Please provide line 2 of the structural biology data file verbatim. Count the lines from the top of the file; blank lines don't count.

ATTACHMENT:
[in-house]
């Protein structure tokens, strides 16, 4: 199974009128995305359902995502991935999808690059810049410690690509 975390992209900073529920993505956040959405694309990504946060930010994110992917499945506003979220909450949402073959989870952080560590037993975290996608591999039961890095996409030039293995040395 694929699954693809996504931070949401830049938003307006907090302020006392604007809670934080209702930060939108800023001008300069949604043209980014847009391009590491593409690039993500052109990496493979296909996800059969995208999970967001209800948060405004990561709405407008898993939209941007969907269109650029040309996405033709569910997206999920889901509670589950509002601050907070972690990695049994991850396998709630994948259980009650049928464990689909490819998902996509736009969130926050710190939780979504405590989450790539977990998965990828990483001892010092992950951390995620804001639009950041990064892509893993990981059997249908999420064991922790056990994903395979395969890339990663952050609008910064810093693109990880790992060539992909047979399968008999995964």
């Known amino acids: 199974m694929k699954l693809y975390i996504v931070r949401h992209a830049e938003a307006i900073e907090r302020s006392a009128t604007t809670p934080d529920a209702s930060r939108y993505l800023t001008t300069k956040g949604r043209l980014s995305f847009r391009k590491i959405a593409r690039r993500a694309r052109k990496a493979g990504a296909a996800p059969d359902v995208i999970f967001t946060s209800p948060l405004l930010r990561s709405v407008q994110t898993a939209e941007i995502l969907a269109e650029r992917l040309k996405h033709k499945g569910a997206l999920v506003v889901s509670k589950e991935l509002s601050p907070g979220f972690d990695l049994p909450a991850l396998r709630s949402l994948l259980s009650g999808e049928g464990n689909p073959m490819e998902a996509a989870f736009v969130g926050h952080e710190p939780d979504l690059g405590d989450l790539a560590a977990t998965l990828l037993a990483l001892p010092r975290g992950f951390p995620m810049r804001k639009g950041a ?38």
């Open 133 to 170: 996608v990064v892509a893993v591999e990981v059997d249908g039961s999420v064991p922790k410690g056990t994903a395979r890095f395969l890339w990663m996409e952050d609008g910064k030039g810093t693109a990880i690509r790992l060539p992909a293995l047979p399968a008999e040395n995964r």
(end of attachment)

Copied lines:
């Protein structure tokens, strides 16, 4: 199974009128995305359902995502991935999808690059810049410690690509 975390992209900073529920993505956040959405694309990504946060930010994110992917499945506003979220909450949402073959989870952080560590037993975290996608591999039961890095996409030039293995040395 694929699954693809996504931070949401830049938003307006907090302020006392604007809670934080209702930060939108800023001008300069949604043209980014847009391009590491593409690039993500052109990496493979296909996800059969995208999970967001209800948060405004990561709405407008898993939209941007969907269109650029040309996405033709569910997206999920889901509670589950509002601050907070972690990695049994991850396998709630994948259980009650049928464990689909490819998902996509736009969130926050710190939780979504405590989450790539977990998965990828990483001892010092992950951390995620804001639009950041990064892509893993990981059997249908999420064991922790056990994903395979395969890339990663952050609008910064810093693109990880790992060539992909047979399968008999995964």